During my first years living here, I would leave home at six every morning, and not return before 11 at night.
In those days my wife Santhi held a job in Sharjah to supplement the household income, and she kept it going until Monisha was born.
After a few years with Bukhatir, I switched to a local real-estate company in 1982. Around that time, my childhood friend, John Sebastian, who was also in the UAE, happened to meet Mahmoud Barakat, a 28-year old from Iran. The two of them decided to float a joint venture as food suppliers to ships that sailed into Dubai port. John told Mahmoud about me, and all three of us met.
I learnt that Mahmoud had begun Barakat as a one-man show in 1976 in the Hamriya Market in Deira, Dubai. As a supplier of whole fruits and vegetables, in those initial years he was the truck driver, delivery man and accountant all rolled into one. I was impressed by his hard work.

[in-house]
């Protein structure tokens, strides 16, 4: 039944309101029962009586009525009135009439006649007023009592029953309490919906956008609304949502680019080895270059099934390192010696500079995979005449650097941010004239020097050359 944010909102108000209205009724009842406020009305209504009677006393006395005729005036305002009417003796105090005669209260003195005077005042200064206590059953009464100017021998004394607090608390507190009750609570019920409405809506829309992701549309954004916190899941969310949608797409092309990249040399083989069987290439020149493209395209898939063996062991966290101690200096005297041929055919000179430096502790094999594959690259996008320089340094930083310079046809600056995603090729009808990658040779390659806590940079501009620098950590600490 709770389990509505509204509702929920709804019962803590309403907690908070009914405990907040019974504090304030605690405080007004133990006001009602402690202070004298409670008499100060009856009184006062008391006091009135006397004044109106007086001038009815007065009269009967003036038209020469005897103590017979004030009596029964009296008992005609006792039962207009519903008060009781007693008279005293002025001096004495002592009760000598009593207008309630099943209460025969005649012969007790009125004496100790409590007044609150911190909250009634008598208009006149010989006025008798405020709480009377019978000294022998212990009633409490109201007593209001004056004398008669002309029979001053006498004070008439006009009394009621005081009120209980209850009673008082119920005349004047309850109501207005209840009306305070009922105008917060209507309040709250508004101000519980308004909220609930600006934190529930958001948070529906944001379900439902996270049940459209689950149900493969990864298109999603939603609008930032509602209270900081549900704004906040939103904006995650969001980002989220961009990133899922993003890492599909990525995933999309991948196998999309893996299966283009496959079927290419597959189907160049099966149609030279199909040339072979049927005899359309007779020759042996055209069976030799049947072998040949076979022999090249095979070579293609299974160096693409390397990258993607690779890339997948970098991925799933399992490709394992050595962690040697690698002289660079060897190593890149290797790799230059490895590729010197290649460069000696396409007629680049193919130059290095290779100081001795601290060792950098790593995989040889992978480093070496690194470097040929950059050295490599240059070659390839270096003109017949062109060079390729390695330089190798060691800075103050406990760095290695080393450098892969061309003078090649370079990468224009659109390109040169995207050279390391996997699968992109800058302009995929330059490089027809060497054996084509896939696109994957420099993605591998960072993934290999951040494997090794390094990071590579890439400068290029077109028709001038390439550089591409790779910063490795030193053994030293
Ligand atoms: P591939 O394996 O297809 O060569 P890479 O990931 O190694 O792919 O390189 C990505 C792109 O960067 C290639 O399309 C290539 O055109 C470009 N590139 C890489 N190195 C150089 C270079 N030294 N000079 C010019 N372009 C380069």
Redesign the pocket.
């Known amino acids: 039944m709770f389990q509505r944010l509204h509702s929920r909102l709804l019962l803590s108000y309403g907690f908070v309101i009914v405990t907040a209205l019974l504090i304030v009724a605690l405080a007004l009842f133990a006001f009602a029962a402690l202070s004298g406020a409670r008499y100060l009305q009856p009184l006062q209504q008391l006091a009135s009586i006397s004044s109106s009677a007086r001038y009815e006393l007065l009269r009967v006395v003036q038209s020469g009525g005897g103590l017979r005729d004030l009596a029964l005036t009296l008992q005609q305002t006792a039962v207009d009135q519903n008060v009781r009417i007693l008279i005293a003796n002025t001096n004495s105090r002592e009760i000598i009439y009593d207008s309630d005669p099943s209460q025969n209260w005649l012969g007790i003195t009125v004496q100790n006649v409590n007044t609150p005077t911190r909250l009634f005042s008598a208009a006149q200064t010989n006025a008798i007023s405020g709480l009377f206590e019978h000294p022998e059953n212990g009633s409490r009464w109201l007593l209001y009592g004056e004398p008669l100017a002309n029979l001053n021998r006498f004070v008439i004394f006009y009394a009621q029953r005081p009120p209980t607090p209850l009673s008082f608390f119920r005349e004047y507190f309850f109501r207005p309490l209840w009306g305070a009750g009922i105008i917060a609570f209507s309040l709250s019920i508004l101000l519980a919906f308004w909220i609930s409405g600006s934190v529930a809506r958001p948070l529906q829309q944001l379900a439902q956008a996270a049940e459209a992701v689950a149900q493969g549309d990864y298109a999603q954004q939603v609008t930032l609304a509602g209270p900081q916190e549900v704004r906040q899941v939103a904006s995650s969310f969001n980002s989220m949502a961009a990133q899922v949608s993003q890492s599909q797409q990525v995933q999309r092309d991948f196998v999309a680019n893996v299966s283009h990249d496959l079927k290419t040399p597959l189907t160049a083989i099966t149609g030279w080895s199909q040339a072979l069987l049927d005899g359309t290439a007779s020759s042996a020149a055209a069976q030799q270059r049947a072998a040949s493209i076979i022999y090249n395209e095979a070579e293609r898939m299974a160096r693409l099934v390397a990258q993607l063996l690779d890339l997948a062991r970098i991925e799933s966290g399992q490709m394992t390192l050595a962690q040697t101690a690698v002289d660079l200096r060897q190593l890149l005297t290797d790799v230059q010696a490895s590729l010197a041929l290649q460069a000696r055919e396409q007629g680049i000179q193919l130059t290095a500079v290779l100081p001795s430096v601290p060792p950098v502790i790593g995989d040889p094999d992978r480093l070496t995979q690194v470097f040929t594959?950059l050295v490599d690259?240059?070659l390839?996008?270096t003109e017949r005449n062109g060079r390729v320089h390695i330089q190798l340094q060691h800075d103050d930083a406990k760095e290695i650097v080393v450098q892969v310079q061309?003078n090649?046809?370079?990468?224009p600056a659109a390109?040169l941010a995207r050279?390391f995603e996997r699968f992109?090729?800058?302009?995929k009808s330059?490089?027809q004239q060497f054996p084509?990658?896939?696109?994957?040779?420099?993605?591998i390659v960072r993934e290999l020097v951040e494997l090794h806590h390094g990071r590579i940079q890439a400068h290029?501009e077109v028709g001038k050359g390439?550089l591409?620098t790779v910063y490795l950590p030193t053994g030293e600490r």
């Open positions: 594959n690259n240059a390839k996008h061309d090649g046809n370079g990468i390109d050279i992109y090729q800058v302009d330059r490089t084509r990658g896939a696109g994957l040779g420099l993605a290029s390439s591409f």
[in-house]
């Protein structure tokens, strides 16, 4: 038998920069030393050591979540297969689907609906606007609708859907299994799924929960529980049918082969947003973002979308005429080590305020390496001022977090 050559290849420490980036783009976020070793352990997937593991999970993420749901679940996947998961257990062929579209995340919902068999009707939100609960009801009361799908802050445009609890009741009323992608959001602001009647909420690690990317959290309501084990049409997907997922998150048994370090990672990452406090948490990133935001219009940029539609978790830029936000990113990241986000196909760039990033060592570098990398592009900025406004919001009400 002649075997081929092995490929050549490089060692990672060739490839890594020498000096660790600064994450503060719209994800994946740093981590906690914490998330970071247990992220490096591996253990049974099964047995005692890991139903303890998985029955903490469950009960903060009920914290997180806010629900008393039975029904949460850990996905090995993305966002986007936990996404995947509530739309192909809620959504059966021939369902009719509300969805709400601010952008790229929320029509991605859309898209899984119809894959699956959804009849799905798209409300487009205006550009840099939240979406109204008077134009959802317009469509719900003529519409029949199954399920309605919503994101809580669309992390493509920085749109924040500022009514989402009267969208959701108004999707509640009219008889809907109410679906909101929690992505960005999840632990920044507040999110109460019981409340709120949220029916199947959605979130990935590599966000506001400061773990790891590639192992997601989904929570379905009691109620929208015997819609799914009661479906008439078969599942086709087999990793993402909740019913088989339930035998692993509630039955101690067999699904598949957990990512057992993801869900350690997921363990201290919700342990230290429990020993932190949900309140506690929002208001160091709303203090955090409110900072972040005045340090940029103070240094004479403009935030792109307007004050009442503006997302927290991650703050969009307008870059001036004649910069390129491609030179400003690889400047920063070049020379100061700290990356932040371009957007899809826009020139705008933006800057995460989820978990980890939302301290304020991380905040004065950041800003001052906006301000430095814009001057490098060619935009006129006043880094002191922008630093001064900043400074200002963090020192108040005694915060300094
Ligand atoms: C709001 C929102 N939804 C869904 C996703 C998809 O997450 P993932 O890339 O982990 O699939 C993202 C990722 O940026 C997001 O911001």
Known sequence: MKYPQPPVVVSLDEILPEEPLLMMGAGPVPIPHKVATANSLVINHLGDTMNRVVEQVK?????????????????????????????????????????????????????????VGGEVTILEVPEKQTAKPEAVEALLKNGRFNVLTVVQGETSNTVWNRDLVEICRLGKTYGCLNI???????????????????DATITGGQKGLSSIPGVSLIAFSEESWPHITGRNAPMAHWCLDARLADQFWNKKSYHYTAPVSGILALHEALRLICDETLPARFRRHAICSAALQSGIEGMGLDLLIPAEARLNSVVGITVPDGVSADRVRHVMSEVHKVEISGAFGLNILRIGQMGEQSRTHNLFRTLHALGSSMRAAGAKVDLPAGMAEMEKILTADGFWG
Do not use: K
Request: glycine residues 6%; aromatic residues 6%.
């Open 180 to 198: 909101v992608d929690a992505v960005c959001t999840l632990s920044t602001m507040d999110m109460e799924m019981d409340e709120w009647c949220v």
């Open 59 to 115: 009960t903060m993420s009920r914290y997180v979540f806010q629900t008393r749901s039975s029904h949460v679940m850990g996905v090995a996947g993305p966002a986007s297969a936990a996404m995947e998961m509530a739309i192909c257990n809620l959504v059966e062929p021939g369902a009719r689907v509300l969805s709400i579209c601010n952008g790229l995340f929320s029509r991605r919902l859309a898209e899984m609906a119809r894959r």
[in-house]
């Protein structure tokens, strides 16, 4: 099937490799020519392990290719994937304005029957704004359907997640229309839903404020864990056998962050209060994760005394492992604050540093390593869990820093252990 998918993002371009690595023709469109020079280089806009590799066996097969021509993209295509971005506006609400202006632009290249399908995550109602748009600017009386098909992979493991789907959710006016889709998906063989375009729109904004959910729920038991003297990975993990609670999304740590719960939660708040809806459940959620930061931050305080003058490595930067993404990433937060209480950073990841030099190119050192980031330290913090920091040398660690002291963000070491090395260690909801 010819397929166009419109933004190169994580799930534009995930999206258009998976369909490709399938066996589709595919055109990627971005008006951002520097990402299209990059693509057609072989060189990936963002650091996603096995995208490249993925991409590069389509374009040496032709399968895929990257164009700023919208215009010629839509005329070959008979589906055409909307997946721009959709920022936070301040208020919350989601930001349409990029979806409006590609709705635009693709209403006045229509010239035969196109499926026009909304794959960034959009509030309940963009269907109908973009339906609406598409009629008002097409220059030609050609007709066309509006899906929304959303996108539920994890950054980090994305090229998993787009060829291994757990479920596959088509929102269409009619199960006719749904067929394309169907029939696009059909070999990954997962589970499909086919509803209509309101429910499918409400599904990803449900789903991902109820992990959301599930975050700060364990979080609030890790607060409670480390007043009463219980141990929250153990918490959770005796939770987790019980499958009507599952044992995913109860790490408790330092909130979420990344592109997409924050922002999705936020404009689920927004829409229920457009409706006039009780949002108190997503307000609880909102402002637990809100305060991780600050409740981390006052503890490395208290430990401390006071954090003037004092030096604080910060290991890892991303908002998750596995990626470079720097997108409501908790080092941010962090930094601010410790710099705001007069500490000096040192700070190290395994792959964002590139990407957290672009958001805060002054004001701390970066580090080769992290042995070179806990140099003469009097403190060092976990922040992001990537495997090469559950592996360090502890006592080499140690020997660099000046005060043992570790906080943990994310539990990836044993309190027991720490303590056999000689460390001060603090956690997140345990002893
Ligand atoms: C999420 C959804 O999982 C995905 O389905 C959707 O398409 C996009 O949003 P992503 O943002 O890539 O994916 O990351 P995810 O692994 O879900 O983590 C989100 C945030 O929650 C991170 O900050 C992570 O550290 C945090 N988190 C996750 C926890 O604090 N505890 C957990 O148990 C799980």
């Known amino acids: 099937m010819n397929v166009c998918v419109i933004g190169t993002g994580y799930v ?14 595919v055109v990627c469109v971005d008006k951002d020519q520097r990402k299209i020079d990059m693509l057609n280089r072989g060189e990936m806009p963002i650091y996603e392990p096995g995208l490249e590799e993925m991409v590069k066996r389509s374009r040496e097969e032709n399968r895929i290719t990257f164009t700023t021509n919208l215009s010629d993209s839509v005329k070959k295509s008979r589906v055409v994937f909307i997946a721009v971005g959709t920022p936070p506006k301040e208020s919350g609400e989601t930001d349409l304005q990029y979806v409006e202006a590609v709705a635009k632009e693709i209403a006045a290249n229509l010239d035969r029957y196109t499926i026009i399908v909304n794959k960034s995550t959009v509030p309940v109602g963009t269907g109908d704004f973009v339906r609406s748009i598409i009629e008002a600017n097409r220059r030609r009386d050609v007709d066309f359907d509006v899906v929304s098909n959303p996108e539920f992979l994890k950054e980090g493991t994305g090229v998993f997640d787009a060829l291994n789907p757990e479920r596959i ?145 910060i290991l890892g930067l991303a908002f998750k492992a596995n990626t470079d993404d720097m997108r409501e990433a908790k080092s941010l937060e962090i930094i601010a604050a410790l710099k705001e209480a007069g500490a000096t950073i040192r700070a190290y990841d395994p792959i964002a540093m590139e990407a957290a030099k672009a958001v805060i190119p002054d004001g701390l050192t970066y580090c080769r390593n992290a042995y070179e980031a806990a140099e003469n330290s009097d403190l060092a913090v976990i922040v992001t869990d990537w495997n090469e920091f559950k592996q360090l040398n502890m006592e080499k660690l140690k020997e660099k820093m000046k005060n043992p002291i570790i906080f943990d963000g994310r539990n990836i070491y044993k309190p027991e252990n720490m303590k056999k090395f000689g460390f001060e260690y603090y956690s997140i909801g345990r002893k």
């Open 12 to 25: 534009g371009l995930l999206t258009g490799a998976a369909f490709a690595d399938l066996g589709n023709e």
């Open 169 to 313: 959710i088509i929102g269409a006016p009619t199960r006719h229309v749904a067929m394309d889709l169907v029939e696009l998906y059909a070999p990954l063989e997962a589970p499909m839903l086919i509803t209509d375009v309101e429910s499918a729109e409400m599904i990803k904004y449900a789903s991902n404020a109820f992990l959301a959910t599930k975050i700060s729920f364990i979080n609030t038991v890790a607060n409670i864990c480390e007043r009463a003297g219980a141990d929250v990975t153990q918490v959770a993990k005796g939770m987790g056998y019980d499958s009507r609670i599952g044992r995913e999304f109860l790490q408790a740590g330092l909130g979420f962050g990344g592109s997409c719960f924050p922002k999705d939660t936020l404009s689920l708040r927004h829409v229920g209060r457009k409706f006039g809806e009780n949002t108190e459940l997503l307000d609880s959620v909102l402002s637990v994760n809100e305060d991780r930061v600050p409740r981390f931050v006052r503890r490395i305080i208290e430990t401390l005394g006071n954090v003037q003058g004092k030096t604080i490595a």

We joined forces and called our partnership Barakat Shipping Channelists. Soon, I set upon making my marketing calls to ships on the Arabian Sea. We did brisk business until the Islamic Republic of Iran Shipping Lines brought all merchant vessels under its purview. Under the new system they introduced, cash transactions were phased out, which consequently affected our cash flow. Eventually, we sold off Barakat Ship Channelists in 1986.
We then directed our focus on the Barakat whole fruit business in Hamriya Market. We won contracts with five-star hotels like The Hilton and The Hyatt Regency, and also supplied fruits to Oman. Our clients rightfully expected excellent quality when it came to the freshness of supplied fruits. This was a challenge, since most trucks in the UAE had no cold storage facilities, and the summer months were particularly harsh. I remember one chef at The Hilton telling me, ‘I ordered strawberries, and not strawberry mousse!’